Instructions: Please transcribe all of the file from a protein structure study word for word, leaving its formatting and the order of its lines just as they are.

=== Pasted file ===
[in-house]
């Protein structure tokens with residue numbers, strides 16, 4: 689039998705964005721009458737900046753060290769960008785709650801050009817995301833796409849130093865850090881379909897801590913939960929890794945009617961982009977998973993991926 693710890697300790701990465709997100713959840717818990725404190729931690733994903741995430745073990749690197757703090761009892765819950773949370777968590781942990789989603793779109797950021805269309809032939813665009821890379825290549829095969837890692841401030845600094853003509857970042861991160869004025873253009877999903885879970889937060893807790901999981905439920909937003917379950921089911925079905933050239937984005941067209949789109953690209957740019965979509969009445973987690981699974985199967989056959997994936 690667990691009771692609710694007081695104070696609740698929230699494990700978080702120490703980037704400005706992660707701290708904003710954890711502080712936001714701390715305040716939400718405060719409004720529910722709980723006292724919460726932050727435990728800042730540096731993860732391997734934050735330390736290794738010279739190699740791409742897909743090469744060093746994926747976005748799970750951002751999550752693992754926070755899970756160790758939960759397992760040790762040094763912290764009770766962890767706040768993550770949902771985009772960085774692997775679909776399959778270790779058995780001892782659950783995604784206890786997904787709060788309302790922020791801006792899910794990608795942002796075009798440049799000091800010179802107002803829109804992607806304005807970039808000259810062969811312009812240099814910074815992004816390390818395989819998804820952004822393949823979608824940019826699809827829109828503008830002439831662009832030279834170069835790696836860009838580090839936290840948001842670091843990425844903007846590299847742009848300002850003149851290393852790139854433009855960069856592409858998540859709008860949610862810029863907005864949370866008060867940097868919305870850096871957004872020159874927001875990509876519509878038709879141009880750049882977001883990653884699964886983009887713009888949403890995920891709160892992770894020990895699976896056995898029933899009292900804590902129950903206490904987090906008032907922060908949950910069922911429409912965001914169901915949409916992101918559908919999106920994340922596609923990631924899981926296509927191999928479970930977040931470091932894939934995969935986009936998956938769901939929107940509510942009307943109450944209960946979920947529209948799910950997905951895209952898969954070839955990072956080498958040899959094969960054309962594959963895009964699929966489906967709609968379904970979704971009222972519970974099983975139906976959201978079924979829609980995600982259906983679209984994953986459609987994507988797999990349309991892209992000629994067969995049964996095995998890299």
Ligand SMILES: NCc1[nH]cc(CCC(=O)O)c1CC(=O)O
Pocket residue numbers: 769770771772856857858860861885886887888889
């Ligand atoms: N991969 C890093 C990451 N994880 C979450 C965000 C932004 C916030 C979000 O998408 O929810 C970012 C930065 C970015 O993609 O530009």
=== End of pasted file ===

[in-house]
């Protein structure tokens with residue numbers, strides 16, 4: 689039998705964005721009458737900046753060290769960008785709650801050009817995301833796409849130093865850090881379909897801590913939960929890794945009617961982009977998973993991926 693710890697300790701990465709997100713959840717818990725404190729931690733994903741995430745073990749690197757703090761009892765819950773949370777968590781942990789989603793779109797950021805269309809032939813665009821890379825290549829095969837890692841401030845600094853003509857970042861991160869004025873253009877999903885879970889937060893807790901999981905439920909937003917379950921089911925079905933050239937984005941067209949789109953690209957740019965979509969009445973987690981699974985199967989056959997994936 690667990691009771692609710694007081695104070696609740698929230699494990700978080702120490703980037704400005706992660707701290708904003710954890711502080712936001714701390715305040716939400718405060719409004720529910722709980723006292724919460726932050727435990728800042730540096731993860732391997734934050735330390736290794738010279739190699740791409742897909743090469744060093746994926747976005748799970750951002751999550752693992754926070755899970756160790758939960759397992760040790762040094763912290764009770766962890767706040768993550770949902771985009772960085774692997775679909776399959778270790779058995780001892782659950783995604784206890786997904787709060788309302790922020791801006792899910794990608795942002796075009798440049799000091800010179802107002803829109804992607806304005807970039808000259810062969811312009812240099814910074815992004816390390818395989819998804820952004822393949823979608824940019826699809827829109828503008830002439831662009832030279834170069835790696836860009838580090839936290840948001842670091843990425844903007846590299847742009848300002850003149851290393852790139854433009855960069856592409858998540859709008860949610862810029863907005864949370866008060867940097868919305870850096871957004872020159874927001875990509876519509878038709879141009880750049882977001883990653884699964886983009887713009888949403890995920891709160892992770894020990895699976896056995898029933899009292900804590902129950903206490904987090906008032907922060908949950910069922911429409912965001914169901915949409916992101918559908919999106920994340922596609923990631924899981926296509927191999928479970930977040931470091932894939934995969935986009936998956938769901939929107940509510942009307943109450944209960946979920947529209948799910950997905951895209952898969954070839955990072956080498958040899959094969960054309962594959963895009964699929966489906967709609968379904970979704971009222972519970974099983975139906976959201978079924979829609980995600982259906983679209984994953986459609987994507988797999990349309991892209992000629994067969995049964996095995998890299």
Ligand SMILES: NCc1[nH]cc(CCC(=O)O)c1CC(=O)O
Pocket residue numbers: 769770771772856857858860861885886887888889
């Ligand atoms: N991969 C890093 C990451 N994880 C979450 C965000 C932004 C916030 C979000 O998408 O929810 C970012 C930065 C970015 O993609 O530009």